Scottish Philosophy in the Seventeenth Century

Scottish Philosophy in the Seventeenth Century

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During the seventeenth century Scots produced many high quality philosophical writings, writings that were very much part of a wider European philosophical discourse. Yet today Scottish philosophy of the sixteenth and eighteenth centuries is widely studied, but that of the seventeenth century is only now beginning to receive the attention it deserves. This volume begins by placing the seventeenth-century Scottish philosophy in its political and religious contexts,
and then investigates the writings of the philosophers in the areas of logic, metaphysics, politics, ethics, law, and religion. It is demonstrated that in a variety of ways the Scottish Reformation impacted on the teaching of philosophy in the Scottish universities. It is also shown that until the
second half of the century-and the arrival of Descartes on the Scottish philosophy curriculum-the Scots were teaching and developing a form of Reformed orthodox scholastic philosophy, a philosophy that shared many features with the scholastic Catholic philosophy of the medieval period. By the early eighteenth century Scotland was well placed to give rise to the spectacular Enlightenment that then followed, and to do so in large measure on the basis of its own well-established intellectual
resources. Among the many thinkers discussed are Reformed orthodox, Episcopalian, and Catholics philosophers including George Robertson, George Middleton, John Boyd, Robert Baron, Mark Duncan, Samuel Rutherford, James Dundas (first Lord Arniston), George Mackenzie, James Dalrymple (Viscount Stair), and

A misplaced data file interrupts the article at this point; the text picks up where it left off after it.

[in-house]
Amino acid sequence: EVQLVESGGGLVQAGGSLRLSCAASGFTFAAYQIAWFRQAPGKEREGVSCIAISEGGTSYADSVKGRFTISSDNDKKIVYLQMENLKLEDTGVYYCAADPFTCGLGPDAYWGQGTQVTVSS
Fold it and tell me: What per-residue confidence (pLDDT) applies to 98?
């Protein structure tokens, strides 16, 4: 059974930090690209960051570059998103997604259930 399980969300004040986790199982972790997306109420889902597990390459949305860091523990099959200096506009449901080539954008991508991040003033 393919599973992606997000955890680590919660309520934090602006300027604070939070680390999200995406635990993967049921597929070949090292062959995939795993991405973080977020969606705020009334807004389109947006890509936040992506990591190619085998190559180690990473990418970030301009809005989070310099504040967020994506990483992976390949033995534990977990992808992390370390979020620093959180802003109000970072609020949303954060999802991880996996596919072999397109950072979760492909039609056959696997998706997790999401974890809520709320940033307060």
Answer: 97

William Chalmers.
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Product details

  • Hardback | 256 pages
  • 159 x 241 x 19mm | 516g
  • Oxford, United Kingdom
  • English
  • 0198769849
  • 9780198769842

Table of contents

1: Alexander Broadie: Seventeenth-Century Scottish Philosophy: An Overview
2: David Allan: 'For the Advancement of Religion and Learning': University and Society in Seventeenth-Century Scotland
3: Steven J. Reid: On the Edge of Reason: The Scottish Universities Between Reformation and Enlightenment, 1560-1660
4: Marie-Claude Tucker: Scottish Philosophy Teachers at the French Protestant Academies c.1580-1680
5: Thomas Ahnert and Martha McGill: The European Republic of Letters and the Philosophy Curriculum in Scotland's Universities Around 1700
6: Giovanni Gellera: Reformed Scholasticism in Its Relation to Seventeenth-Century Scottish philosophy
7: Giovanni Gellera: Logic and Epistemology in Seventeenth-Century Scotland
8: Alexander Broadie: Robert Baron's Metaphysica Generalis on the Nature of Judgment
9: Laurent Jaffro: James Dalrymple, Viscount Stair, on Legal Normativity
10: Alexander Broadie: James Dundas, First Lord Arniston, and His Idea of Moral Philosophy
11: Christian Maurer: Human Nature, the Passions and the Fall: Themes from Seventeenth-Century Scottish Moral Philosophy and the Philosophy of Religion
12: Alexander Broadie: William Chalmers (Gulielmus Camerarius): A Scottish Catholic Voice on the Best and the Worst
13: Simon Burton: The Scholastic and Conciliar Roots of Samuel Rutherford's Political Philosophy: The Influence of Jean Gerson, Jacques Almain, and John Mair
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About Alexander Broadie

Alexander Broadie is an honorary professorial research fellow at the University of Glasgow and Fellow of the Royal Society of Edinburgh. He was Principal Investigator of the Leverhulme International Network Project '17th century Scottish philosophy' (2010-2014). In 2018 he received a Lifetime Achievement Award from the Eighteenth-Century Scottish Studies Society. His publications include A History of Scottish Philosophy (Edinburgh 2009), Agreeable
Connexions: Scottish Enlightenment Links with France (Birlinn 2012), History of Universities, Volume XXIX/2 (Oxford 2017), and The Cambridge Companion to the Scottish Enlightenment (Cambridge 2019).
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